RISE interview with Brian Pozzi, Vice President, Office of General Counsel & Corporate Claims Officer for AAA-The Auto Club Group at the 2019 ACE Conference in Las Vegas, NV. From court room to board room, Pozzi shares his take on the industry and advice on advancing your career.
Your heart is racing and your palms are clammy. You take deep breaths and resist the urge to wipe your hands on your stain-free suit. It’s interview day, and you’re stressed. It’s almost impossible to avoid—nerves and interviews go hand-in-hand, but going in armed with these helpful tips could save your suit and help you land that job.
Preparation Makes Perfect
Do your research. Channel your inner student and study like it’s finals week. Do not underestimate the value of putting in serious preparation time before the big day. Gather useful information about the company or client and the interviewers, and don’t be afraid to use LinkedIn as a tool to help you. They may see that you viewed their profile, but this doesn’t make you a stalker—in this case, it can only serve to show that you’re taking the time to learn about them and the company for whom you hope to work.
Remind yourself of your achievements; exude confidence with a healthy dose of humility. If you’re interviewing for a claims-specific job, be certain of how many claims you have handled at any given time. If you’re interviewing for a position outside of claims, re-familiarize yourself with your sales numbers if necessary, and be sure of the amount of time you have been with each company. Ensure that you have concrete examples of your accomplishments, and how those accomplishments have helped the company. Furthermore, if a hiring manager asks about your knowledge of a specific tool or software program—such as Xactimate—you should be able to provide real life examples of your experience with it and how it has helped you in your previous positions.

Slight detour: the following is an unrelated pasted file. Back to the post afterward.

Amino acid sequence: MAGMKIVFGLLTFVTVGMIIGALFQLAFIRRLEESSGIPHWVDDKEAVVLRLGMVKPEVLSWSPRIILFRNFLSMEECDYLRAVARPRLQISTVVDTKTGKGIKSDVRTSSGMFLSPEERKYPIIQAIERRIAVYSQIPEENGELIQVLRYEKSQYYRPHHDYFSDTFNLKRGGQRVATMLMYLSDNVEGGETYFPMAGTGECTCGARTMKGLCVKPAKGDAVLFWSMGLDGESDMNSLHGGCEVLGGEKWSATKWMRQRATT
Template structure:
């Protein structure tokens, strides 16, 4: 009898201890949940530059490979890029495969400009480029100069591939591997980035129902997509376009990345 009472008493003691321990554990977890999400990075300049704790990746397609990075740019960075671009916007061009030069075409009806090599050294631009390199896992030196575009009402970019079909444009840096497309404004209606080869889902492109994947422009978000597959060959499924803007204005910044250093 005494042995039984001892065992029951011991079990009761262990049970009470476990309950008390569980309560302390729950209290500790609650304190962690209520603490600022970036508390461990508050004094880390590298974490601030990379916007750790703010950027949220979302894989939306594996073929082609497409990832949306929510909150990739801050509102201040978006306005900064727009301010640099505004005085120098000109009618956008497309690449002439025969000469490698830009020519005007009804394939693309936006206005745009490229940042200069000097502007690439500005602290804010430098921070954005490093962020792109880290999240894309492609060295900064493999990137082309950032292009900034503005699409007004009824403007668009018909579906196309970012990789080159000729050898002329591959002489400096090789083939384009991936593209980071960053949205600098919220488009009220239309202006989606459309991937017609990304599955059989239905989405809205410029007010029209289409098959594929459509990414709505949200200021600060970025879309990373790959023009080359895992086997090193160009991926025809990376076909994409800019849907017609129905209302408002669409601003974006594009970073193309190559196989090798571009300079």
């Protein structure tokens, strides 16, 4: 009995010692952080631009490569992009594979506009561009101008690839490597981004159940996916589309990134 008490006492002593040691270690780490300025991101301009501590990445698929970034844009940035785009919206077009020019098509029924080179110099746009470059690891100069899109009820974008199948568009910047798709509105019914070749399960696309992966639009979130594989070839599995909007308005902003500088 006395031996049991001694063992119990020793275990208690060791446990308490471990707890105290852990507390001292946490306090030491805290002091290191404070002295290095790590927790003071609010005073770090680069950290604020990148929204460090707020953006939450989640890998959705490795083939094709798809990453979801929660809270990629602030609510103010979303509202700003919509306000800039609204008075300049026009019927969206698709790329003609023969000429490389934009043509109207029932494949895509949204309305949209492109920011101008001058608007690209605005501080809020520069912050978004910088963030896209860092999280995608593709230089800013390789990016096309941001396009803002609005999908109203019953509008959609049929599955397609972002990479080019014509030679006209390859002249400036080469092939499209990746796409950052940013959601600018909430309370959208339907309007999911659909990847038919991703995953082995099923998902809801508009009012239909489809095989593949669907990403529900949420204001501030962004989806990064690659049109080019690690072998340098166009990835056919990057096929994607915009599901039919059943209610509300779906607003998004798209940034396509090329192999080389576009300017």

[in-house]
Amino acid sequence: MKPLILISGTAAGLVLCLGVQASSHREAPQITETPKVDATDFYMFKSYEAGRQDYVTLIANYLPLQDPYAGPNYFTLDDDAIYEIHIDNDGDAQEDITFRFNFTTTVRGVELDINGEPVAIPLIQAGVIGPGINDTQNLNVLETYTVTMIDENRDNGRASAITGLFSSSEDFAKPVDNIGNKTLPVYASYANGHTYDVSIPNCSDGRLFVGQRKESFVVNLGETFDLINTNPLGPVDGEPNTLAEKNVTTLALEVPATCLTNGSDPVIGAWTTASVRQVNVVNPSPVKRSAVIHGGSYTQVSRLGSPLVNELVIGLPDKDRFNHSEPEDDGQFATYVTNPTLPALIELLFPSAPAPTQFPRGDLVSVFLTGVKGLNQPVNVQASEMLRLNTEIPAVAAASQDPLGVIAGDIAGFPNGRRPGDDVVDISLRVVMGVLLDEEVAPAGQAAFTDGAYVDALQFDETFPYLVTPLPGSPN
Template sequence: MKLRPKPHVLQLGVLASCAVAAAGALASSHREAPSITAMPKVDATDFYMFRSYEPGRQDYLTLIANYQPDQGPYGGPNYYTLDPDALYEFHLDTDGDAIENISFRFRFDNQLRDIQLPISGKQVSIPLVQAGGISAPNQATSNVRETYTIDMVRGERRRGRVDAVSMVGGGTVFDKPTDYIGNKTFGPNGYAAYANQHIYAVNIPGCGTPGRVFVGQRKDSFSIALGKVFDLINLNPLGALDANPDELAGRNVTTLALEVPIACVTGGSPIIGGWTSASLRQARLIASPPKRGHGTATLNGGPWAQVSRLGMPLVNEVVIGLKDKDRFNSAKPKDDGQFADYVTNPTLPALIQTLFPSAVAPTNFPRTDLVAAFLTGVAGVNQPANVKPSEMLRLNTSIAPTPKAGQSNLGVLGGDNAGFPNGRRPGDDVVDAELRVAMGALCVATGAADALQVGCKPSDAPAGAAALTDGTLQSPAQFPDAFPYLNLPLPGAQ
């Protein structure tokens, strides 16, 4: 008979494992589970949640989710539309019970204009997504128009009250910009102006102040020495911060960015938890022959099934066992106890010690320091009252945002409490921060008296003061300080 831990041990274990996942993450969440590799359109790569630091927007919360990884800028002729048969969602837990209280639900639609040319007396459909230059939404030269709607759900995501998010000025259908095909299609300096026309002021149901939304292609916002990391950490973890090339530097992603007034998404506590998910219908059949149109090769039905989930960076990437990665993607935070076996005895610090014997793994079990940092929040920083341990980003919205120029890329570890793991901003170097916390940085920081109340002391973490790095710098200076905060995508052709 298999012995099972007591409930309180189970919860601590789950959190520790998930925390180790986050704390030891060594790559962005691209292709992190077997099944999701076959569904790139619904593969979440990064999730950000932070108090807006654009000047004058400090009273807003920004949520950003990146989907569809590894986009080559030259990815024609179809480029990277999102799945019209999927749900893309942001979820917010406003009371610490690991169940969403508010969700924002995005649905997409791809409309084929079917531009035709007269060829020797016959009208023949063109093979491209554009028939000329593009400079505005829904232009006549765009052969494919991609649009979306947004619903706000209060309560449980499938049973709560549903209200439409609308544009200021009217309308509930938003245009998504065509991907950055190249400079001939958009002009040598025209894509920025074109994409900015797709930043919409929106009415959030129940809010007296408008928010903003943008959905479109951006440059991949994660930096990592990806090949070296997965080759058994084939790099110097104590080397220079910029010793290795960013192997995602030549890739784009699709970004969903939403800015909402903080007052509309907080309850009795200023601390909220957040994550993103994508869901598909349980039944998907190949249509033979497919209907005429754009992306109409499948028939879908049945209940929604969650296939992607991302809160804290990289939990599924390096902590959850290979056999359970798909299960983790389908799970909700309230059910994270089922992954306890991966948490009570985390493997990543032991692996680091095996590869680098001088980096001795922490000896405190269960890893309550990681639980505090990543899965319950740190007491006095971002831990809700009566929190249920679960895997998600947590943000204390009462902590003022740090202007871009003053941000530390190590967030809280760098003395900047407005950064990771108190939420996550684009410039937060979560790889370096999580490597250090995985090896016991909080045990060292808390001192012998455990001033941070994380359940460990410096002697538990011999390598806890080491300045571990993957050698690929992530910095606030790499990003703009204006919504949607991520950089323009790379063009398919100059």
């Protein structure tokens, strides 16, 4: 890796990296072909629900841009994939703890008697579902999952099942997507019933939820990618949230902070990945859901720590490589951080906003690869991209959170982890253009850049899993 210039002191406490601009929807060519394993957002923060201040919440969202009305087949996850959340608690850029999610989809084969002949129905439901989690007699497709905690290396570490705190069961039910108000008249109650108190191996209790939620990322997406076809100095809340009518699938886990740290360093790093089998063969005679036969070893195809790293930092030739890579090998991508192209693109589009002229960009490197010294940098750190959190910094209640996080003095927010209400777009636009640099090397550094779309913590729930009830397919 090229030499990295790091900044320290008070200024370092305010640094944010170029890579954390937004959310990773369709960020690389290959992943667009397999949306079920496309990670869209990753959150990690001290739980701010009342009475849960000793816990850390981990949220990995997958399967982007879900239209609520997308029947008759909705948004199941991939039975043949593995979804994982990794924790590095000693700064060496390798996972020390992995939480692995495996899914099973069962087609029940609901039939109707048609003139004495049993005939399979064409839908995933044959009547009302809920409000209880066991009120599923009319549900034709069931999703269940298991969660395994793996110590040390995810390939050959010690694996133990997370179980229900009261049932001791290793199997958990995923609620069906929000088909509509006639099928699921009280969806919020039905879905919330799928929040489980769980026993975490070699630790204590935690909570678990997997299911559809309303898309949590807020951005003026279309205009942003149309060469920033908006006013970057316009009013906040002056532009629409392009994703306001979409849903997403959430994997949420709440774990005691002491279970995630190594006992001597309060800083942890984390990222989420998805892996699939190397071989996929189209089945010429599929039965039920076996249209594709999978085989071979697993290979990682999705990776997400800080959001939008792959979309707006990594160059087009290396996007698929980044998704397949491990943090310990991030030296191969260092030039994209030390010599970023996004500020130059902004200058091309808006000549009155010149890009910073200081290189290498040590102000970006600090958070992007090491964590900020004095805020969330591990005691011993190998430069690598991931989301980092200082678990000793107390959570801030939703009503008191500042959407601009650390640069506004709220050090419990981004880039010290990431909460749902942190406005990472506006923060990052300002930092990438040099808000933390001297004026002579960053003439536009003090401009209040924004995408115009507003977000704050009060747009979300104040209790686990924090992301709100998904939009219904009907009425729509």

You should also be prepared to address your weaknesses as well as your strengths. When discussing your weaknesses, however, avoid portraying yourself in a negative light. Focus on “faux weaknesses” that could have a positive result for the company, such as working too hard or being a perfectionist. Lastly, think of a few hobbies to share with the interviewer(s) that show them you are the dynamic, well-rounded individual they are looking to hire, not someone whose only hobby is binge-watching their favorite show every night (even if that is the case!).
Suit and Tie
You’ve done all of your research and refreshed your memory with regards to your performance metrics. You’re almost ready. Almost. In order to truly impress the interviewer(s), you need to look the part. It is always safer to overdress—wearing a suit despite the company’s lax dress code shows professionalism. Underdressing in a formal environment sends the wrong message. Make sure what you’re wearing is appropriate for the situation, which means no B’s. Don’t wear an outfit that shows your Boobs, Butt, Back or Bellies. Save the flashy number for a night out on the town after the interview is over. Unless you’re interviewing for a fashion-focused position, keep it simple. It’s hard to go wrong with a clean blue or charcoal/grey suit for men and blue or black suit for women. Avoid brown or tan suits, as these colors don’t tend to inspire confidence.
In addition, avoid distracting the potential employer from your accomplishments and skills with extreme odors at both ends of the spectrum; arrive fresh and clean, but there’s no need to bathe in Chanel No. 5 beforehand, either. Today is about you and your qualifications, not your perfume.